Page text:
Janice McDonald has just added another leadership role to her already impressive résumé.
Last month, Ms. McDonald began a one-year term as Startup Canada’s 2017 Ambassador for Women Entrepreneurship. In her new role, she’ll work with business and government officials to help raise awareness of issues important to female-owned companies such as lack of capital, financial literacy and access to government procurement contracts.
In addition to running the Beacon Agency, the serial entrepreneur is the co-founder of This Space Works, a firm that matches businesses that have excess office capacity with clients who need short-term workspaces. The company now operates in Ottawa and the Greater Toronto Area.
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“She was our No. 1 choice,” says Startup Canada chief executive Victoria Lennox. “She’s in it for the right reasons, and she wants to see change. In addition to that, she has an amazing level of political acuity. She can interact with CEOs the same as she can interact with ministers and senior public servants, and that’s what it’s going to take in order to really advance the agenda for women entrepreneurs.
“She is herself a woman entrepreneur who’s gone through all these struggles, and she’s invested her time and resources in research to make sure that all of her recommendations are evidence-based. This is a great platform for her to be able to make a difference.”
Named one of Canada’s top 100 most powerful women four years in a row by the Toronto-based Women’s Executive Network, Ms. McDonald was inducted into the organization’s hall of fame last fall.
“It’s very nice to get that kind of recognition and share that with the other women who were honoured,” she says.
Ms. Lennox calls her friend a person with a “keen sense of public service,” and Ms. McDonald’s commitment to the cause of advancing female entrepreneurship bears that out.
A member of the Women’s Leadership Board at Harvard University’s Harvard Kennedy School, from 2013-15 she also chaired the Ottawa chapter of Women in Communications and Technology, a non-profit group that provides mentorship to female professionals in those fields.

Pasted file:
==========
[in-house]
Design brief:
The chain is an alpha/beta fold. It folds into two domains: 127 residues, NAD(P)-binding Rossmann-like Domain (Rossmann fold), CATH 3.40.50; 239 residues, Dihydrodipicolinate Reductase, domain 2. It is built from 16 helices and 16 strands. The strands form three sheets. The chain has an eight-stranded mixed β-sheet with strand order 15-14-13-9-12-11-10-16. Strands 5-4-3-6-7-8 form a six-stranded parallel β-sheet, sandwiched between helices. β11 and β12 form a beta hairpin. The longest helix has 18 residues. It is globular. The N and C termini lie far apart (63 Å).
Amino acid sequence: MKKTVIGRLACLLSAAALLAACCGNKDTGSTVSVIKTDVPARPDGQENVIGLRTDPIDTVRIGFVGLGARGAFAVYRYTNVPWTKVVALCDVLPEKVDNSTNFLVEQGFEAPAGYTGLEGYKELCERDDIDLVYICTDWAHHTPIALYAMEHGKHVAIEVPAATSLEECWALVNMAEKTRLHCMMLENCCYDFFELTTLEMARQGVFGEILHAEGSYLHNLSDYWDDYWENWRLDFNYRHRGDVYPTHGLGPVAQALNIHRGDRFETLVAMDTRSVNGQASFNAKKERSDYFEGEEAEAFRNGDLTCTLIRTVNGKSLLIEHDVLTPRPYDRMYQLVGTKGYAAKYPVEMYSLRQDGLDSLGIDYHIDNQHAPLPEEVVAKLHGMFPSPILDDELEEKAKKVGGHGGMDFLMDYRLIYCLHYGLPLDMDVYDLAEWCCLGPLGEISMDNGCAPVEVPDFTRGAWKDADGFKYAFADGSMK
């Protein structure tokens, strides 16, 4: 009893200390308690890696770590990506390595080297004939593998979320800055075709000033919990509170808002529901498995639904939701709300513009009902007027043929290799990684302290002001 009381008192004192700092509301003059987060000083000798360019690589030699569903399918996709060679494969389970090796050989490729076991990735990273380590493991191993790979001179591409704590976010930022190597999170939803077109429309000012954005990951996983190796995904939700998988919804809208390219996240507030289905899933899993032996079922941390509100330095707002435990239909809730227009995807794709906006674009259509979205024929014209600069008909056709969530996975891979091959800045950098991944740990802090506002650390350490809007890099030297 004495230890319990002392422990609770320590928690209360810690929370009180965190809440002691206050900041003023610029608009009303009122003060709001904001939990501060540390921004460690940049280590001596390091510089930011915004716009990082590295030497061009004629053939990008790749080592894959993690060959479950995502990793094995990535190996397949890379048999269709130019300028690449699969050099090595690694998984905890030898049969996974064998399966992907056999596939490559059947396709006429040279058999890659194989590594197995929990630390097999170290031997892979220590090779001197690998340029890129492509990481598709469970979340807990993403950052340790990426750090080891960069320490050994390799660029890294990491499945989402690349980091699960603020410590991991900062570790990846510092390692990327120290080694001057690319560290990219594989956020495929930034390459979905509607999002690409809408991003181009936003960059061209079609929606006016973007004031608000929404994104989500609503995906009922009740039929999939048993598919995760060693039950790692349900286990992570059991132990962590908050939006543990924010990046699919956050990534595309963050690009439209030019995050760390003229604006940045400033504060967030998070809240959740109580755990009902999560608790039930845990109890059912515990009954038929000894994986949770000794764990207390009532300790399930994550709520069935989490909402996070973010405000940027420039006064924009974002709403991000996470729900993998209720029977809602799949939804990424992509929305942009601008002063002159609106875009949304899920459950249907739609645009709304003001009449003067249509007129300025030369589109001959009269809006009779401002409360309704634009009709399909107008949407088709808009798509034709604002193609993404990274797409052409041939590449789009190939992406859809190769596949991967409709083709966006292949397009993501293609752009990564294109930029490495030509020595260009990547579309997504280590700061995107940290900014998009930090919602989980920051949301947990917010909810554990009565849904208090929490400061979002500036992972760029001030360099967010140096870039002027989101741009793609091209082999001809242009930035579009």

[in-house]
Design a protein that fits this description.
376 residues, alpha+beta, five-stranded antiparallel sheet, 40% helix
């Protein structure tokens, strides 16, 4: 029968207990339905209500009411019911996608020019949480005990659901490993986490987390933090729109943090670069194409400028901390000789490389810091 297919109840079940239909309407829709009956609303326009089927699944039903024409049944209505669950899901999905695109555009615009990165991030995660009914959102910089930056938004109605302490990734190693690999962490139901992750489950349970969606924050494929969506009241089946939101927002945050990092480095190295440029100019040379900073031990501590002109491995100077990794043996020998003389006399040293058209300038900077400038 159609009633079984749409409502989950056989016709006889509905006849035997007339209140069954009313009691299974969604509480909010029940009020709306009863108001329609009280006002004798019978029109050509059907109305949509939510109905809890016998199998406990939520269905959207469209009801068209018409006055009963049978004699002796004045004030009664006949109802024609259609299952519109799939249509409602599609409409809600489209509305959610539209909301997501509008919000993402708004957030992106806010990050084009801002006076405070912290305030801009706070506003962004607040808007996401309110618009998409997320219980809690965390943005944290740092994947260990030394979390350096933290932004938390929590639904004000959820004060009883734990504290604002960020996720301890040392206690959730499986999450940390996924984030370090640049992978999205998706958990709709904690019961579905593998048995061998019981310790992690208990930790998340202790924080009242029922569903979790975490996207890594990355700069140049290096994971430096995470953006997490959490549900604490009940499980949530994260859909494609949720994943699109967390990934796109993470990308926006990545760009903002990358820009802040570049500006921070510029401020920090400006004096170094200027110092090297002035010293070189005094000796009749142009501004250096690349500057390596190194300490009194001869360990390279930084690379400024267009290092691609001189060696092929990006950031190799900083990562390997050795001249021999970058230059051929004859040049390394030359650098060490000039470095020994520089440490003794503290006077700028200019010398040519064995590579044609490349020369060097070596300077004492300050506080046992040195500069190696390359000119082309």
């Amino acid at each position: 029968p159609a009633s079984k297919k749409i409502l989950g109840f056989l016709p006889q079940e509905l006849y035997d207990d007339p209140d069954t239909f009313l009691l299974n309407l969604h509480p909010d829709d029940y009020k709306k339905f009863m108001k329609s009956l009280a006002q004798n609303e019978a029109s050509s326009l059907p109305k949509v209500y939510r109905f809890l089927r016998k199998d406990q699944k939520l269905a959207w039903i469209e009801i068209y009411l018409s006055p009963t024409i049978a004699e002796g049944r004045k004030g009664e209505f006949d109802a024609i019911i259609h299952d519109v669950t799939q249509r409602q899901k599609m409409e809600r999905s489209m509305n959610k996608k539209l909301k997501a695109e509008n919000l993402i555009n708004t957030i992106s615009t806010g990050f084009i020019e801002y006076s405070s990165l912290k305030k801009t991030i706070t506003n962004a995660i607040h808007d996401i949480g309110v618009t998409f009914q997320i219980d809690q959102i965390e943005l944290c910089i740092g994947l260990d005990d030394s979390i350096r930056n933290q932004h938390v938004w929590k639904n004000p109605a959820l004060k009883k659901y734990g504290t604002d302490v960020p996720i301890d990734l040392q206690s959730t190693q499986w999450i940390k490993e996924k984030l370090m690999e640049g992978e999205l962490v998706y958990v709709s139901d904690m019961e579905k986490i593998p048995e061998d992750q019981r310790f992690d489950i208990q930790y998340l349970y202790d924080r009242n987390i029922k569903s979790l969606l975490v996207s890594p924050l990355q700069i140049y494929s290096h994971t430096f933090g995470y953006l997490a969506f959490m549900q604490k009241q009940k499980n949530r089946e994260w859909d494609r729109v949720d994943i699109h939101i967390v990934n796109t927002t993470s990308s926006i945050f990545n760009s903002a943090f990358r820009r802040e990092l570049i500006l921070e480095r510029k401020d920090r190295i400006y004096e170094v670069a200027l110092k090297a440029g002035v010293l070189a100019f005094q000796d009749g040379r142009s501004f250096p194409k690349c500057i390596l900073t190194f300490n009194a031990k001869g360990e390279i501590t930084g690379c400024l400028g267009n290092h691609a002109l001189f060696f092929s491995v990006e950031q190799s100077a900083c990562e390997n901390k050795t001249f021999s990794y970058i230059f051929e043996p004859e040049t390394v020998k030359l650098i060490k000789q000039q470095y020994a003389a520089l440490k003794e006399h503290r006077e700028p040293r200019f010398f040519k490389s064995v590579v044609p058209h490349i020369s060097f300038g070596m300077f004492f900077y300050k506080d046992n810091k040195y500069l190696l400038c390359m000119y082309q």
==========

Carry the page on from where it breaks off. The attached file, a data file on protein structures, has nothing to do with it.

“She can interact with CEOs the same as she can interact with ministers and senior public servants, and that’s what it’s going to take in order to really advance the agenda for women entrepreneurs.”
A passionate advocate for giving female entrepreneurs a stronger voice, Ms. McDonald laments that women remain woefully underrepresented on most corporate boards in North America.
A sample of 677 companies collected by provincial securities regulators last year found that women occupied just 12 per cent of total seats on their boards. Meanwhile, a recent report from Boston-based Vell Executive Search determined that 66 per cent of the nearly 600 public tech firms it surveyed in Canada and the United States had fewer than two women on their boards.
Those figures disappoint Ms. McDonald, who first wrote about the issue 25 years ago for her master’s thesis in Canadian Studies at Carleton University.
“We haven’t seen as much progress as you might have predicted and hoped for,” she says. “When I did that work, I never thought that I’d still be talking about that same issue over two decades later and that (change) would be as slow as it’s been. Frankly, it’s a competitive advantage, those (companies) that recognize that diversity of thought. It’s surprising to me that this is still a conversation that we need to have, but frankly it is a conversation that we still need to have.”
Ms. McDonald says she’s encouraged by some of the Liberal government’s new initiatives to aid female-owned companies announced in last month’s federal budget – particularly its pledge to invest $50 million in a new program that will make it easier for companies led by women and other “underrepresented groups” to bid on government procurement contracts.
“It’s opening up the space for greater possibility, and I think that’s really exciting,” Ms. McDonald says. “If barriers exist and you eliminate them, that enables those firms to grow faster, to hire more people.”
She says being a Startup Canada ambassador will provide yet another vehicle for her to shine a spotlight on the vital role women entrepreneurs play in the Canadian economy and allow her to mentor a new generation of female business leaders.
“It’s hard to be it if you can’t see it,” she explains. “If you can see those who are succeeding, it kind of gives you that inspiration to go for it yourself.”